a pair of electrodes adapted to be in contact with the muscle to be stimulated with said electrodes connected to said first impulse generator and said second impulse generator to receive said first impulse signal and said second impulse signal.

UNITED STATES PATENT OFFICE CERTIFICATE OF CORRECTION Patent No. 3 845 773 Dated November 5, 1974 fls) Guy Hugues Fontaine; Alain Ribot It is certified that error appears in the above-identified patent and that said Letters Patent are hereby corrected as shown below:

After line [21] "Appl. No. 269,724" please add the following:

Foreign Apglication Priority Data July 9, 1971 France. 71 25 272 ignec and sealed this 22nd day of April 1975.

( T3211.) fattest C T-fAFiSEA LL DAEEN RUTH C. 1113 3?" Commi 58101161? of Patents fxtestinc, Of'fi cer and Trademarks FORM PC4050 (10-69)

Patent Citations
Cited PatentFiling datePublication dateApplicantTitle
US3311111 *Aug 11, 1964Mar 28, 1967Gen ElectricControllable electric body tissue stimulators
US3518997 *Jan 17, 1969Jul 7, 1970Sessions Robert WElectronic heart stimulator
US3563247 *Mar 14, 1968Feb 16, 1971Gen ElectricBidirectional heart stimulator
US3593718 *Jul 13, 1967Jul 20, 1971Biocybernetics IncPhysiologically controlled cardiac pacer
US3620220 *Oct 1, 1969Nov 16, 1971Cordis CorpCardiac pacer with redundant power supply
US3659616 *Aug 28, 1969May 2, 1972Bukowiecki Bohdan AMethod of synchronization and stimulation by means of pulse pairs at implanted heart stimulators with constant rhythm and the circuit for implementation of this method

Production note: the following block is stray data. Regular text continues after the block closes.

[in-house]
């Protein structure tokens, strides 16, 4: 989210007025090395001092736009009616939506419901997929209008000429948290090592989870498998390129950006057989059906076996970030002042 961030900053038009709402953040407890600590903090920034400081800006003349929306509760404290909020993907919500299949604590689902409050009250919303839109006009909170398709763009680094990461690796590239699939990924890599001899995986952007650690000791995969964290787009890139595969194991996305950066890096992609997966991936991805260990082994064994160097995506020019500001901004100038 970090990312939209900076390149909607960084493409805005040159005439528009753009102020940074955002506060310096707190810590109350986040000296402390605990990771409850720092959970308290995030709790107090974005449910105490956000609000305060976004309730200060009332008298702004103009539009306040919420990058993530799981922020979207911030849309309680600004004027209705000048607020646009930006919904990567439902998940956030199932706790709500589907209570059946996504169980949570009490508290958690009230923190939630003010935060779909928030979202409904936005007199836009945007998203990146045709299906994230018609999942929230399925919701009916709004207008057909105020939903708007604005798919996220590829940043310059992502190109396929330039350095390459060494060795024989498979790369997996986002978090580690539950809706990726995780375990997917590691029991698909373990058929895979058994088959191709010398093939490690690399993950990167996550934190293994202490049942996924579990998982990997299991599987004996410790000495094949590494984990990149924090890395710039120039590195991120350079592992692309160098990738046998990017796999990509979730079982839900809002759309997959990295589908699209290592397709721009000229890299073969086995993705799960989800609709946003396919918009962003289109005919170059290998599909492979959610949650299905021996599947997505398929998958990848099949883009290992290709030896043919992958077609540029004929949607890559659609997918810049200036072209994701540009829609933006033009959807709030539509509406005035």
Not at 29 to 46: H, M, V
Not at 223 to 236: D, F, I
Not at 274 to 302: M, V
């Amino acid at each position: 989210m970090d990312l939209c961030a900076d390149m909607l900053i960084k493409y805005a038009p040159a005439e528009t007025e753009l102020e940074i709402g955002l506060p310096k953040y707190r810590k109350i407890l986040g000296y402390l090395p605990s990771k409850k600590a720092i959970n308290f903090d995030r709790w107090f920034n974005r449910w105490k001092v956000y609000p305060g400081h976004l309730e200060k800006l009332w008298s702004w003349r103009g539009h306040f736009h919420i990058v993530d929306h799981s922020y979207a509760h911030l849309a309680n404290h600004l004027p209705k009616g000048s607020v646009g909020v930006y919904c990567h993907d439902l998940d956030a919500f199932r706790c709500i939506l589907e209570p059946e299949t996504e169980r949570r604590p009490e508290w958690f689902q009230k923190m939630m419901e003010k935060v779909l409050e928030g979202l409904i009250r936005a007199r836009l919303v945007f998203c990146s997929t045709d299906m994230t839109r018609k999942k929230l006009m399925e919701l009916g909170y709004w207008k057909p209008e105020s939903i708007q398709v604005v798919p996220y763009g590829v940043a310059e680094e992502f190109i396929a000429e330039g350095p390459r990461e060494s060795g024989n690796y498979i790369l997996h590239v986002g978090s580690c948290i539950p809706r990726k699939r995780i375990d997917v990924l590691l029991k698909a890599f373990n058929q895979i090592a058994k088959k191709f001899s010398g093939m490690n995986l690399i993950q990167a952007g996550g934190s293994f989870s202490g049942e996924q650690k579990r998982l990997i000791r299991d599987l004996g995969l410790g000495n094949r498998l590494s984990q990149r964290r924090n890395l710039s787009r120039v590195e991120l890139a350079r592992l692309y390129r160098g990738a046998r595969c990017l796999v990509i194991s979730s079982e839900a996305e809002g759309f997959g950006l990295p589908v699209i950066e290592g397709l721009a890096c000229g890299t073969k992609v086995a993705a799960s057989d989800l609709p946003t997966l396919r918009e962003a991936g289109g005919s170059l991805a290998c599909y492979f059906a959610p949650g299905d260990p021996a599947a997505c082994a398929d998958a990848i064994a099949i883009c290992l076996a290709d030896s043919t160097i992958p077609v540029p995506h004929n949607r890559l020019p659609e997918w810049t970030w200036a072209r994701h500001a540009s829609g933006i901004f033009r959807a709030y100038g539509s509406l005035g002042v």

Referenced by
Citing PatentFiling datePublication dateApplicantTitle
US3942534 *Nov 21, 1974Mar 9, 1976Kenneth Roy AllenDevice for terminating tachycardia
US4337776 *Aug 29, 1980Jul 6, 1982Telectronics Pty. Ltd.Impedance measuring pacer
US4340062 *Aug 29, 1980Jul 20, 1982Medtronic, Inc.Body stimulator having selectable stimulation energy levels
US4343312 *Feb 5, 1981Aug 10, 1982Vitafin N.V.Pacemaker output circuit
US4373531 *Feb 5, 1981Feb 15, 1983Vitafin N.V.Apparatus for physiological stimulation and detection of evoked response
US4628934 *Aug 7, 1984Dec 16, 1986Cordis CorporationMethod and means of electrode selection for pacemaker with multielectrode leads
US5184616 *Oct 21, 1991Feb 9, 1993Telectronics Pacing Systems, Inc.Apparatus and method for generation of varying waveforms in arrhythmia control system
US5735880 *Sep 16, 1996Apr 7, 1998Sulzer Intermedics Inc.Method and apparatus for reliably producing pacing pulse trains
Classifications
U.S. Classification607/9
International ClassificationA61N1/362
Cooperative ClassificationA61N1/362
European ClassificationA61N1/362
Legal Events
DateCodeEventDescription
Oct 15, 1991ASAssignment
Owner name: TEMCO DELAWARE, INC. A CORPORATION OF DE
Free format text: MERGER;ASSIGNOR:TEMCO HOME HEALTH CARE PRODUCTS, INC., A NJ CORPORATION;REEL/FRAME:005877/0301
Effective date: 19880816
Owner name: TEMCO NATIONAL CORP., A CORPORATION OF DE
Free format text: CHANGE OF NAME;ASSIGNOR:TEMCO HOME HEALTH CARE PRODUCTS, INC., A CORPORATION OF DE;REEL/FRAME:005877/0307
Effective date: 19890302
Oct 15, 1991AS01Change of name
Owner name: TEMCO HOME HEALTH CARE PRODUCTS, INC., A CORPORATI
Effective date: 19890302
Owner name: TEMCO NATIONAL CORP., A CORPORATION OF DE
Oct 15, 1991AS03Merger
Owner name: TEMCO DELAWARE, INC. A CORPORATION OF DE
Owner name: TEMCO HOME HEALTH CARE PRODUCTS, INC., A NJ CORPOR
Effective date: 19880816